An experimental immunotherapy can temporarily reprogram patients’ immune cells to attack a specific target via only a single injection of messenger RNA (mRNA), similar to the mRNA-based COVID-19 vaccines, according to a new study from researchers in the Perelman School of Medicine.
The researchers, whose work is published in Science, demonstrated the new approach with an mRNA preparation that reprograms T cells—a powerful type of immune cell—to attack heart fibroblast cells. Heart failure is often driven in part by these fibroblast cells, which respond to heart injury and inflammation by chronically overproducing fibrous material that stiffens the heart muscle, impairing heart function—a condition called fibrosis. In experiments in mice that model heart failure, the reduction in cardiac fibroblasts caused by the reprogrammed T cells led to a dramatic reversal of fibrosis.
“Fibrosis underlies many serious disorders, including heart failure, liver disease, and kidney failure, and this technology could turn out to be a scalable and affordable way to address an enormous medical burden,” says senior author Jonathan A. Epstein, chief scientific officer for Penn Medicine and executive vice dean and the William Wikoff Smith Professor of Cardiovascular Research in the Perelman School of Medicine. “But the most notable advancement is the ability to engineer T cells for a specific clinical application without having to take them out of the patient’s body.”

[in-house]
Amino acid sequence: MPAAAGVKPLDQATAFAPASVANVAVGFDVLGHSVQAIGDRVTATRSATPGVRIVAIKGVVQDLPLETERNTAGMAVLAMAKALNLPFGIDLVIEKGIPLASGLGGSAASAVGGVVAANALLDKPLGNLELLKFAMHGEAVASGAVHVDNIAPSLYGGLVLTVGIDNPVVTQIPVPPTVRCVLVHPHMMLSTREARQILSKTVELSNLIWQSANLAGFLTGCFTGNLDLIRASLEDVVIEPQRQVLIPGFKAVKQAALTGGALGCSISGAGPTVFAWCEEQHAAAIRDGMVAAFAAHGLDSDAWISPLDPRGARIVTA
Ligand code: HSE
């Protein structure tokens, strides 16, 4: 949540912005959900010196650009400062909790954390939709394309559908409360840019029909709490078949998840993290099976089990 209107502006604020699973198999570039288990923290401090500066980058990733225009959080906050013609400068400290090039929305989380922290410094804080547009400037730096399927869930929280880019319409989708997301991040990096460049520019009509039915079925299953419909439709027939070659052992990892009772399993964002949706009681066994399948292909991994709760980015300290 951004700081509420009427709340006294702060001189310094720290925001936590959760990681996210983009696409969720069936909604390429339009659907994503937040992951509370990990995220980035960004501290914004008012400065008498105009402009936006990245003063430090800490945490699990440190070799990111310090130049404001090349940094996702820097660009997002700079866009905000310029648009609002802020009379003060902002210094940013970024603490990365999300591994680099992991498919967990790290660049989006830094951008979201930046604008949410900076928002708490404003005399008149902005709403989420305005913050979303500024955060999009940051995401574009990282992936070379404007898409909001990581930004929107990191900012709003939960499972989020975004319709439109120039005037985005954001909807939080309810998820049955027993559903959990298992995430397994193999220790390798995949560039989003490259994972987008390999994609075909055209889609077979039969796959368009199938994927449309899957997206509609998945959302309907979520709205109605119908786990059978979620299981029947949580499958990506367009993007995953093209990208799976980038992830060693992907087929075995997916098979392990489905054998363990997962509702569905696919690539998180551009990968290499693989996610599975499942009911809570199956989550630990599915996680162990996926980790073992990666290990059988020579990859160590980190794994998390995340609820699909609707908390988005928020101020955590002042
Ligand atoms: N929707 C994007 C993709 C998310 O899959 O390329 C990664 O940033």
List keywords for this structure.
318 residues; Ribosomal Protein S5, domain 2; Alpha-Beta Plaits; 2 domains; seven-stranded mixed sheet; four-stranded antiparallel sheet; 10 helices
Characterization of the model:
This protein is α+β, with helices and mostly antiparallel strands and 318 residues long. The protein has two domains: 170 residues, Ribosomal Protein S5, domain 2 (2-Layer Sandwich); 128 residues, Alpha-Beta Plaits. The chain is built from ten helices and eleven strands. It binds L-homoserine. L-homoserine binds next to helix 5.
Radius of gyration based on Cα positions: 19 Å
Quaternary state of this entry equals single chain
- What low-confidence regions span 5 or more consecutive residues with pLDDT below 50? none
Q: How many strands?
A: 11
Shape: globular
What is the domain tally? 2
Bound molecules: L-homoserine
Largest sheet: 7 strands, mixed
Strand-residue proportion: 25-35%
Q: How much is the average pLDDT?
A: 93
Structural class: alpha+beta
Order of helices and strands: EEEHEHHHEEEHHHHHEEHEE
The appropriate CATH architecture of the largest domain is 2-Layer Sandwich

The new technique is based on chimeric antigen receptor (CAR) T cell technology, which, until now, has required the harvesting of a patient’s T cells and their genetic reprogramming in the lab to recognize markers on specific cell types in the body. These specially targeted T cells can then be multiplied using cell culture techniques and reinfused into the patient to attack a specific cell type.
Read more at Penn Medicine News.